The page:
Scoliosis in young people is many times troubling for its
young patient, parent and Vancouver chiropractic physician.
Vancouver Disc Centers consults with Vancouver young people and their
families about scoliosis, its current state as well as its potential progress
and monitoring. Vancouver Disc Centers sees its role as that of member of the Vancouver
scoliosis healthcare team.
Now in discussing scoliosis in young people, it is generally
called idiopathic as no one cause has been identified for the spinal curvature.
(1) 80% of scoliosis cases are idiopathic in adolescents, so it's often called "adolescent idiopathic scoliosis". Neurological dysfunction
is one factor under consideration as a cause as researchers note that an
increase in body sway follows sensory manipulation. So they wonder: could sensory processing
impairment cause such curvature? (1) That’s an interesting concept for your
Vancouver chiropractor to keep in mind.
Another point of interest is the new report that suggests a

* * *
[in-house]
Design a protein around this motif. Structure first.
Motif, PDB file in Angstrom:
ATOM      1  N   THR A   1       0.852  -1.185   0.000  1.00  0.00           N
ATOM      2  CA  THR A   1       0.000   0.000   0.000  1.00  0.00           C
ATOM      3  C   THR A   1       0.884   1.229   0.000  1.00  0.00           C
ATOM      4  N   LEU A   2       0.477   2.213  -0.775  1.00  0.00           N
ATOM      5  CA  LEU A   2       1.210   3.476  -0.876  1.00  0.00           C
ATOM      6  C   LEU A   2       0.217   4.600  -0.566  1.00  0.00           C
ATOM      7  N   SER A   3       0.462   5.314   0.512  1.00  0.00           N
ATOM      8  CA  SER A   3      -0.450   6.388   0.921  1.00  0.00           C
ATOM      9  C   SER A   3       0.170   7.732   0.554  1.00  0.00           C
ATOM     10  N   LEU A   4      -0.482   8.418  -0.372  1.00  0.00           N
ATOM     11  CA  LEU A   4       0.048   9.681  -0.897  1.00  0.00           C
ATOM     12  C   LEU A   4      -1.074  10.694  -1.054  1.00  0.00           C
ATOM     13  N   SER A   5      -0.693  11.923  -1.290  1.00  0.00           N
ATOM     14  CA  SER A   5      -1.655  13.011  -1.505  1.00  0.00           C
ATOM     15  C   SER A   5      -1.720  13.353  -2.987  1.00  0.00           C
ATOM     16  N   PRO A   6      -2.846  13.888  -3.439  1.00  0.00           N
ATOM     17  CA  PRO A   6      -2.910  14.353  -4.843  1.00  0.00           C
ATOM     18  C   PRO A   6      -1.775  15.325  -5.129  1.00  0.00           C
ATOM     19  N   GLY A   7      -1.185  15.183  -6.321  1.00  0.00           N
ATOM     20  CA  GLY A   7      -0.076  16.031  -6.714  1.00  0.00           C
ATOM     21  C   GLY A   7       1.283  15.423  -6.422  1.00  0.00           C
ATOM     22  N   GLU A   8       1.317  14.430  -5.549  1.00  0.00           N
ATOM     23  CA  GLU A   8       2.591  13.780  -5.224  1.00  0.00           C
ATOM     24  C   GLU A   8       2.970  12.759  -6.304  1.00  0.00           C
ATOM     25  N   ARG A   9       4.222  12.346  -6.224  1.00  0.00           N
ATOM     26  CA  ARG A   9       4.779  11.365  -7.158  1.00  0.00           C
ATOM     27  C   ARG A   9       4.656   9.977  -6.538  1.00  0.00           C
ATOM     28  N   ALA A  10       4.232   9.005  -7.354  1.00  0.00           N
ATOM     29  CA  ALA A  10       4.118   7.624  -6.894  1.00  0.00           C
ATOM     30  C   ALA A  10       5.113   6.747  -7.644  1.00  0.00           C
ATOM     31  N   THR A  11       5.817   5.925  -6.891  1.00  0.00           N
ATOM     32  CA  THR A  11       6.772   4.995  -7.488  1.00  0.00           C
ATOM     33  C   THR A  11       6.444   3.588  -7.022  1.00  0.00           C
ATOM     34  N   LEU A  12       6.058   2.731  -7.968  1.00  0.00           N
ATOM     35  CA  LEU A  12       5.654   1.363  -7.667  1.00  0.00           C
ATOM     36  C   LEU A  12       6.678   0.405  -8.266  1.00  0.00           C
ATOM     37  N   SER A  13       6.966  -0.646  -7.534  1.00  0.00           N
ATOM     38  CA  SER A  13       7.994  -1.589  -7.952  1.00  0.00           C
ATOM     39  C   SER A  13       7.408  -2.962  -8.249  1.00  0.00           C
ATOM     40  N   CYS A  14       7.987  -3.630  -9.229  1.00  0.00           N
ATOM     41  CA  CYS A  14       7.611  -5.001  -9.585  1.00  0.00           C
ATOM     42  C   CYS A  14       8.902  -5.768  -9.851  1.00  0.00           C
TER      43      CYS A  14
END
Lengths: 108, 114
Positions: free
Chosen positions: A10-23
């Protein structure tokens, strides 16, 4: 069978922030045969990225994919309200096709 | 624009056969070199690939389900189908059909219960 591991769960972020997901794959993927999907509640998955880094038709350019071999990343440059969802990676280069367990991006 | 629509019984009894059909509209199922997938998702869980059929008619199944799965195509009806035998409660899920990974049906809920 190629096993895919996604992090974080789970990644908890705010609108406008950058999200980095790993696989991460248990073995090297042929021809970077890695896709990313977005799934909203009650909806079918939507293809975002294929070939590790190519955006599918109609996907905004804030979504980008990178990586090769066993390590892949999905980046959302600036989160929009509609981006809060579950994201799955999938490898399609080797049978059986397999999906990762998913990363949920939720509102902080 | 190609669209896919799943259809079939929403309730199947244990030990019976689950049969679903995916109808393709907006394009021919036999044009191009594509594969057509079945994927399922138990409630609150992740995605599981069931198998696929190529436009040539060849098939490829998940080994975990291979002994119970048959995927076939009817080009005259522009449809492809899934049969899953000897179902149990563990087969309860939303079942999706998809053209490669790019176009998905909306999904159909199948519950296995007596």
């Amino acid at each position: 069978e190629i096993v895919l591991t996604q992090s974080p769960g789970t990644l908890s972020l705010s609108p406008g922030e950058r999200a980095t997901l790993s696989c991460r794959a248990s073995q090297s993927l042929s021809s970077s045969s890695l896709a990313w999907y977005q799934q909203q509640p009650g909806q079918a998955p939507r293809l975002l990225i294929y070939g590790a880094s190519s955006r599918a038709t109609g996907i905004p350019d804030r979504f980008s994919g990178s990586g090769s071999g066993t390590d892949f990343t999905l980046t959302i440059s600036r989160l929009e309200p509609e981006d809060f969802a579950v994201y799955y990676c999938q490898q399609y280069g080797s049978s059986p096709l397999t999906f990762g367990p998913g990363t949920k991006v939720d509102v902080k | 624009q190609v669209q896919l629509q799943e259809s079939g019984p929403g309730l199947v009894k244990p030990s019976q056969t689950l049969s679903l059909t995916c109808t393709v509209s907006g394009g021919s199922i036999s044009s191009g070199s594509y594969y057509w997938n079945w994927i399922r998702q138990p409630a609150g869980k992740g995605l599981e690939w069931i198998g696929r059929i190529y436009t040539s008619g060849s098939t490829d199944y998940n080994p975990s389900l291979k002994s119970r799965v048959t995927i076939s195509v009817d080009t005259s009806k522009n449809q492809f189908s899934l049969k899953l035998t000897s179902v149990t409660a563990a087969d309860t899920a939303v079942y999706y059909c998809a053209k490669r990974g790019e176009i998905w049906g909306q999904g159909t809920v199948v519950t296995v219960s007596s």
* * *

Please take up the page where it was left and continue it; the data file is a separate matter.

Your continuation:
way to predict the progression of spinal scoliosis. Vancouver Disc Centers appreciates
this revelation as it is a way to alert your Vancouver chiropractic
physician to signs that indicate more treatment is necessary. It’s also a
comfort to the young scoliotic patient and his or her family! So what is this
system? It is called the Sanders Skeletal Maturity Staging System. It’s based
on the progressive growth and subsequent fusion of epiphyses of small long
bones of hand. Remarkable! It identifies 8 stages of progression from “juvenile
slow” to “mature.” (2) If you like, ask for more details at your next Vancouver
As for chiropractic care of pediatric conditions like
scoliosis, one review shares that patients and parents responded favorably to
spinal manipulation. (3) That’s what Vancouver Disc Centers offers!
So contact Vancouver Disc Centers today to discuss your or your
loved one’s case of idiopathic scoliosis knowing that Vancouver Disc Centers can
monitor scoliosis progression for signs that require more care may be needed and
treat with spinal manipulation to maintain mobility and strength in the spine
as (or if) it develops.
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page. Content is reviewed by Dr. James M. Cox I